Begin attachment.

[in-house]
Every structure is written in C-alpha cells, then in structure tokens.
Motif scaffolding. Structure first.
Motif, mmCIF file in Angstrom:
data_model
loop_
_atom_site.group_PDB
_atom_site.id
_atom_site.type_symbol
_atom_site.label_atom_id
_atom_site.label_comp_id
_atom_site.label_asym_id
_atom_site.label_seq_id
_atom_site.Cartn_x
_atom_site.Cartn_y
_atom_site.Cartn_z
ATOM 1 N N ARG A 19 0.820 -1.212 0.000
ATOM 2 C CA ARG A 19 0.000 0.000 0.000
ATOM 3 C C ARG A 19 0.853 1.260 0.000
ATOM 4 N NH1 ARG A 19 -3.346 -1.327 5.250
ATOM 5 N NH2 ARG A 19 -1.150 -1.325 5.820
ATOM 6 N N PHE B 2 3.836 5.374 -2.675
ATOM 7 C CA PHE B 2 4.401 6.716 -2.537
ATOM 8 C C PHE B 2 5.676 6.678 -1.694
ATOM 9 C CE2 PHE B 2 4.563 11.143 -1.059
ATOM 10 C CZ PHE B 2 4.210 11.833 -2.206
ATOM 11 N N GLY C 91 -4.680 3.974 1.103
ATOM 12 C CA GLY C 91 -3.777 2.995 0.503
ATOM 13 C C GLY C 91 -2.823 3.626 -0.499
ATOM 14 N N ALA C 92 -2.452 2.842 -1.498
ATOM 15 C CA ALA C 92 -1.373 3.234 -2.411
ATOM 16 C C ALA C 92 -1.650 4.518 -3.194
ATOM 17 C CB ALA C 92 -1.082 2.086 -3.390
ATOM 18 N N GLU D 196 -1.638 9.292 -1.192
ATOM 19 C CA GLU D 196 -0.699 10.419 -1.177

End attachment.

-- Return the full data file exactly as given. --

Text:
[in-house]
Every structure is written in C-alpha cells, then in structure tokens.
Motif scaffolding. Structure first.
Motif, mmCIF file in Angstrom:
data_model
loop_
_atom_site.group_PDB
_atom_site.id
_atom_site.type_symbol
_atom_site.label_atom_id
_atom_site.label_comp_id
_atom_site.label_asym_id
_atom_site.label_seq_id
_atom_site.Cartn_x
_atom_site.Cartn_y
_atom_site.Cartn_z
ATOM 1 N N ARG A 19 0.820 -1.212 0.000
ATOM 2 C CA ARG A 19 0.000 0.000 0.000
ATOM 3 C C ARG A 19 0.853 1.260 0.000
ATOM 4 N NH1 ARG A 19 -3.346 -1.327 5.250
ATOM 5 N NH2 ARG A 19 -1.150 -1.325 5.820
ATOM 6 N N PHE B 2 3.836 5.374 -2.675
ATOM 7 C CA PHE B 2 4.401 6.716 -2.537
ATOM 8 C C PHE B 2 5.676 6.678 -1.694
ATOM 9 C CE2 PHE B 2 4.563 11.143 -1.059
ATOM 10 C CZ PHE B 2 4.210 11.833 -2.206
ATOM 11 N N GLY C 91 -4.680 3.974 1.103
ATOM 12 C CA GLY C 91 -3.777 2.995 0.503
ATOM 13 C C GLY C 91 -2.823 3.626 -0.499
ATOM 14 N N ALA C 92 -2.452 2.842 -1.498
ATOM 15 C CA ALA C 92 -1.373 3.234 -2.411
ATOM 16 C C ALA C 92 -1.650 4.518 -3.194
ATOM 17 C CB ALA C 92 -1.082 2.086 -3.390
ATOM 18 N N GLU D 196 -1.638 9.292 -1.192
ATOM 19 C CA GLU D 196 -0.699 10.419 -1.177